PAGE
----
Nicosia: Cypriots faced new worries Tuesday after a huge international bailout as the chairman of the island’s biggest lender resigned and banks stayed closed for two more days.
Hundreds of students protested in front of the presidential palace amid growing public anger at the European Union and International Monetary Fund over the 10-billion-euro ($13 billion) rescue package.
Bank of Cyprus chairman Andreas Artemis reportedly tendered his resignation due to concerns about the punishing terms of the bailout that saved the Mediterranean island from bankruptcy.
Finance Minister Michalis Sarris warned that so-called “haircuts” on large deposits at the Bank of Cyprus and Laiki, the island’s second biggest bank which is being wound up, could be a greater than expected 40 percent.
Despite the deal Cypriots endured an 11th day without access to banks after authorities ordered them to stay closed until Thursday, to prevent a run on deposits that could send the island into meltdown.
Sarris said Cyprus was facing an “emergency” and an “unprecedented experience” but added that he thought the banks would be able to open on Thursday.
Financial controls imposed by the government to limit how much Cypriots can withdraw or transfer should be lifted in “a matter of weeks”, Sarris said, without specifying the conditions.
But his words failed to soothe the anger on the streets as around 1,500 students marched on the presidential palace in Nicosia chanting “Hands off Cyprus”.
“We don’t know what our future is, and we are angry that it will not stop at those measures,” said one of the youths who only gave his name as Christos, 16.
President Nicos Anastasiades said Monday on his return from Brussels, where he secured the bailout in a last-minute deal, that the deal was “painful” but necessary.
But reforms to the bloated Cypriot financial sector demanded by the EU and IMF got off to a rough start when Bank of Cyprus chairman Artemis tendered his resignation, the Cyprus News Agency reported.
The bank’s board was set to consider his resignation later Tuesday.
Local media said he quit because of the condition that the Bank of Cyprus would have to absorb Laiki’s debts, the appointment of an administrator without informing the group’s management and the sale of the bank’s branches in Greece.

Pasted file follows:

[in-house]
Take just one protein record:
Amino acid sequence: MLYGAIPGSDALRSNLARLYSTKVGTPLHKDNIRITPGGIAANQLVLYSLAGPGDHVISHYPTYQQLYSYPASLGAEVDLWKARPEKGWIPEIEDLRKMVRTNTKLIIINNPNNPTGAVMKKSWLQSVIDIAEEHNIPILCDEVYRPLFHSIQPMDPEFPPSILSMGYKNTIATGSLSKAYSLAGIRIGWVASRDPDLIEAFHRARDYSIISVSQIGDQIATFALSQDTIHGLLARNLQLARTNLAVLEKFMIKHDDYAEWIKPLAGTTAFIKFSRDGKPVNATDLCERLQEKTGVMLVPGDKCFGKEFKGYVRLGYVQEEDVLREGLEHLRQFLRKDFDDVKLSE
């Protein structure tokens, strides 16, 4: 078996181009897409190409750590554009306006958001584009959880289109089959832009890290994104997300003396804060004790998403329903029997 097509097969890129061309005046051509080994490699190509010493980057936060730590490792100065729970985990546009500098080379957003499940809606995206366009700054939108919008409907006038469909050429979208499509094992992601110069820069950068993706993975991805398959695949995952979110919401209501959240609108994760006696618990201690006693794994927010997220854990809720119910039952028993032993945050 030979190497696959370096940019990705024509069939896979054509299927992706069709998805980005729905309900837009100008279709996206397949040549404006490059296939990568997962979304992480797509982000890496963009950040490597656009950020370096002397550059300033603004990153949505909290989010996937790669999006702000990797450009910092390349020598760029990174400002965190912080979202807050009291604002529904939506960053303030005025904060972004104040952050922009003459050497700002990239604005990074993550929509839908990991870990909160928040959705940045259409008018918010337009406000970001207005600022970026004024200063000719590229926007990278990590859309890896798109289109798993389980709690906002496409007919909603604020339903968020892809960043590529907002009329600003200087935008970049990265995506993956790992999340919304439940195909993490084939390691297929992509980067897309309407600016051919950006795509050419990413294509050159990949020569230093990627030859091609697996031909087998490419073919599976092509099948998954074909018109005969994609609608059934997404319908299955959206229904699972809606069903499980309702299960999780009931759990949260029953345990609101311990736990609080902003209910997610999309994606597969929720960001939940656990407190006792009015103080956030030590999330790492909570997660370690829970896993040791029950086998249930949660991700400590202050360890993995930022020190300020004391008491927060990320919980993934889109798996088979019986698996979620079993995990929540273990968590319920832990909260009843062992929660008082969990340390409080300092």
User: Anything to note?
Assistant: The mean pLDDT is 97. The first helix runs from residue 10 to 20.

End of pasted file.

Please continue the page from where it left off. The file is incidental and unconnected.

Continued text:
The bailout hits investors with deposits of over 100,000 euros at both Bank of Cyprus and Laiki, and calls for the effective wrapping up of Laiki, with the expected loss of thousands of jobs.
Fitch ratings agency on Tuesday downgraded Bank of Cyprus and Laiki to default category and placed the island’s third biggest lender, Hellenic Bank, on negative watch.
Greek lender Piraeus Bank said Tuesday it had signed an agreement to acquire all of the Greek deposits, loans and branches owned by the subsidiaries of the same three Cypriot banks.
Greek stocks dropped by 4.58 percent in midday trading but European markets mostly rose and the euro recovered from four-month lows against the dollar, while Asian markets were mixed.
Stocks had tumbled a day earlier following comments by the head of the Eurogroup, Dutch Finance Minister Jeroen Dijsselbloem, suggesting the Cyprus deal could form the basis for future bailouts.
The Dutchman later clarified that Cyprus was a “specific case” but European Central Bank executive board member Benoit Coeure said on Tuesday that Dijsselbloem was “wrong” to make the comments.
The deal has angered the many Russian investors who have deposits in banks in Cyprus, whose status as something of a tax haven was unpopular with other eurozone members.
Natalia, 39, a housewife and trained economist who is married to a Russian company executive and lives in the coastal town of Limassol, said the situation, especially the closure of the banks, was “absurd”.
But she added: “Like many other Russians, I came here for the sea, the good weather and fresh air for my children. That is still here. If the (international) school doesn’t close down, we will stay.”
Cypriot authorities said the continued bank closure was needed for the “smooth functioning of the entire banking system”.
Despite Cyprus accounting for just 0.2 percent of the combined eurozone economy, the crisis on the island had threatened to reignite the single currency’s woes after bailouts for four other nations.
Cyprus’s strategic location, its two British military bases and tensions with the Turkish-occupied north of the island have added a further dimension to the crisis.